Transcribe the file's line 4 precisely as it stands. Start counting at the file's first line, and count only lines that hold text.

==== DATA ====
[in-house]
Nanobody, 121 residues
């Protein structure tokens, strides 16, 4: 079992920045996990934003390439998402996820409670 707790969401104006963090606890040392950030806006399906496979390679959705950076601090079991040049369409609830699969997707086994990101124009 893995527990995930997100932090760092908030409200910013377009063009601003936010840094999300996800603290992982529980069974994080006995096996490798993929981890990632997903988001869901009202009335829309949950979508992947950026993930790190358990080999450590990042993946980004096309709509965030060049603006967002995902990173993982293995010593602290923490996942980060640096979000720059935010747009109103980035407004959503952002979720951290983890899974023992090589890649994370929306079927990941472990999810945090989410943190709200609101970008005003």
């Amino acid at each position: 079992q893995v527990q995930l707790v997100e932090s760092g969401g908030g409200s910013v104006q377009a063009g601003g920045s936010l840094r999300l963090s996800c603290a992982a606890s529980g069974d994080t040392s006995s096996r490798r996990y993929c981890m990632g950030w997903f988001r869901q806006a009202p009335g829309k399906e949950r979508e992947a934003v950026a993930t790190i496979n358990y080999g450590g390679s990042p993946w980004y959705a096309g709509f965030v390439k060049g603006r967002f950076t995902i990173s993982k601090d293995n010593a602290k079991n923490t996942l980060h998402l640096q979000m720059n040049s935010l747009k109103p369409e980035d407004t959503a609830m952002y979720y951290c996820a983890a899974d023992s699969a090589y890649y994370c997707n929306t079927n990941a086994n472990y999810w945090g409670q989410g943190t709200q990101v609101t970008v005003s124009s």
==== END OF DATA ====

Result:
């Amino acid at each position: 079992q893995v527990q995930l707790v997100e932090s760092g969401g908030g409200s910013v104006q377009a063009g601003g920045s936010l840094r999300l963090s996800c603290a992982a606890s529980g069974d994080t040392s006995s096996r490798r996990y993929c981890m990632g950030w997903f988001r869901q806006a009202p009335g829309k399906e949950r979508e992947a934003v950026a993930t790190i496979n358990y080999g450590g390679s990042p993946w980004y959705a096309g709509f965030v390439k060049g603006r967002f950076t995902i990173s993982k601090d293995n010593a602290k079991n923490t996942l980060h998402l640096q979000m720059n040049s935010l747009k109103p369409e980035d407004t959503a609830m952002y979720y951290c996820a983890a899974d023992s699969a090589y890649y994370c997707n929306t079927n990941a086994n472990y999810w945090g409670q989410g943190t709200q990101v609101t970008v005003s124009s």